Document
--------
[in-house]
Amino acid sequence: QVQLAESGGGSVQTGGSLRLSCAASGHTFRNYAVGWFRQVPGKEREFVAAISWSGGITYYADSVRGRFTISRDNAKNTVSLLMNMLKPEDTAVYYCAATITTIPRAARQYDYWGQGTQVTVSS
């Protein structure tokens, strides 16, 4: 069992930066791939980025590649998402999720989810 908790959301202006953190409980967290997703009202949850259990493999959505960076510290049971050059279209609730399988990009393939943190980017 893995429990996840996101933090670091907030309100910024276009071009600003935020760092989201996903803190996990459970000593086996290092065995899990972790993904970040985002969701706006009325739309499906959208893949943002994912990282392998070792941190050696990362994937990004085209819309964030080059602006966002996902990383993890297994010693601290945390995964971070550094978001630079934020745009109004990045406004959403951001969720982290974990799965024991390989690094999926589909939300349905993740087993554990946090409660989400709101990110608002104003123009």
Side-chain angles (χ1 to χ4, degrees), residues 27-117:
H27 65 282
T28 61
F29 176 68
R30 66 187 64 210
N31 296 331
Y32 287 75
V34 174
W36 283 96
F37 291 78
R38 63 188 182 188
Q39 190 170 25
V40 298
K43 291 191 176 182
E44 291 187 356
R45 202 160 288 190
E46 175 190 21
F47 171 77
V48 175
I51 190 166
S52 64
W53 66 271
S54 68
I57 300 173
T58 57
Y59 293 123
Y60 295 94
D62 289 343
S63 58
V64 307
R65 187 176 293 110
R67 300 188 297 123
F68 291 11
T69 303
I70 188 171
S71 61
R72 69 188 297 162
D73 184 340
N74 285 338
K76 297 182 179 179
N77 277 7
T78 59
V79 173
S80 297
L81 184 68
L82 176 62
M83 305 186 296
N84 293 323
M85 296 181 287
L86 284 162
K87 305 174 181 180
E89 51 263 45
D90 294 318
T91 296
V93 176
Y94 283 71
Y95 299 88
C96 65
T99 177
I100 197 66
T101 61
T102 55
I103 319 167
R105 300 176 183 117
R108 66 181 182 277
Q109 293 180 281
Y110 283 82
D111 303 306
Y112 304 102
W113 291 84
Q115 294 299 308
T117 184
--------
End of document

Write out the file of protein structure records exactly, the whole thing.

[in-house]
Amino acid sequence: QVQLAESGGGSVQTGGSLRLSCAASGHTFRNYAVGWFRQVPGKEREFVAAISWSGGITYYADSVRGRFTISRDNAKNTVSLLMNMLKPEDTAVYYCAATITTIPRAARQYDYWGQGTQVTVSS
């Protein structure tokens, strides 16, 4: 069992930066791939980025590649998402999720989810 908790959301202006953190409980967290997703009202949850259990493999959505960076510290049971050059279209609730399988990009393939943190980017 893995429990996840996101933090670091907030309100910024276009071009600003935020760092989201996903803190996990459970000593086996290092065995899990972790993904970040985002969701706006009325739309499906959208893949943002994912990282392998070792941190050696990362994937990004085209819309964030080059602006966002996902990383993890297994010693601290945390995964971070550094978001630079934020745009109004990045406004959403951001969720982290974990799965024991390989690094999926589909939300349905993740087993554990946090409660989400709101990110608002104003123009």
Side-chain angles (χ1 to χ4, degrees), residues 27-117:
H27 65 282
T28 61
F29 176 68
R30 66 187 64 210
N31 296 331
Y32 287 75
V34 174
W36 283 96
F37 291 78
R38 63 188 182 188
Q39 190 170 25
V40 298
K43 291 191 176 182
E44 291 187 356
R45 202 160 288 190
E46 175 190 21
F47 171 77
V48 175
I51 190 166
S52 64
W53 66 271
S54 68
I57 300 173
T58 57
Y59 293 123
Y60 295 94
D62 289 343
S63 58
V64 307
R65 187 176 293 110
R67 300 188 297 123
F68 291 11
T69 303
I70 188 171
S71 61
R72 69 188 297 162
D73 184 340
N74 285 338
K76 297 182 179 179
N77 277 7
T78 59
V79 173
S80 297
L81 184 68
L82 176 62
M83 305 186 296
N84 293 323
M85 296 181 287
L86 284 162
K87 305 174 181 180
E89 51 263 45
D90 294 318
T91 296
V93 176
Y94 283 71
Y95 299 88
C96 65
T99 177
I100 197 66
T101 61
T102 55
I103 319 167
R105 300 176 183 117
R108 66 181 182 277
Q109 293 180 281
Y110 283 82
D111 303 306
Y112 304 102
W113 291 84
Q115 294 299 308
T117 184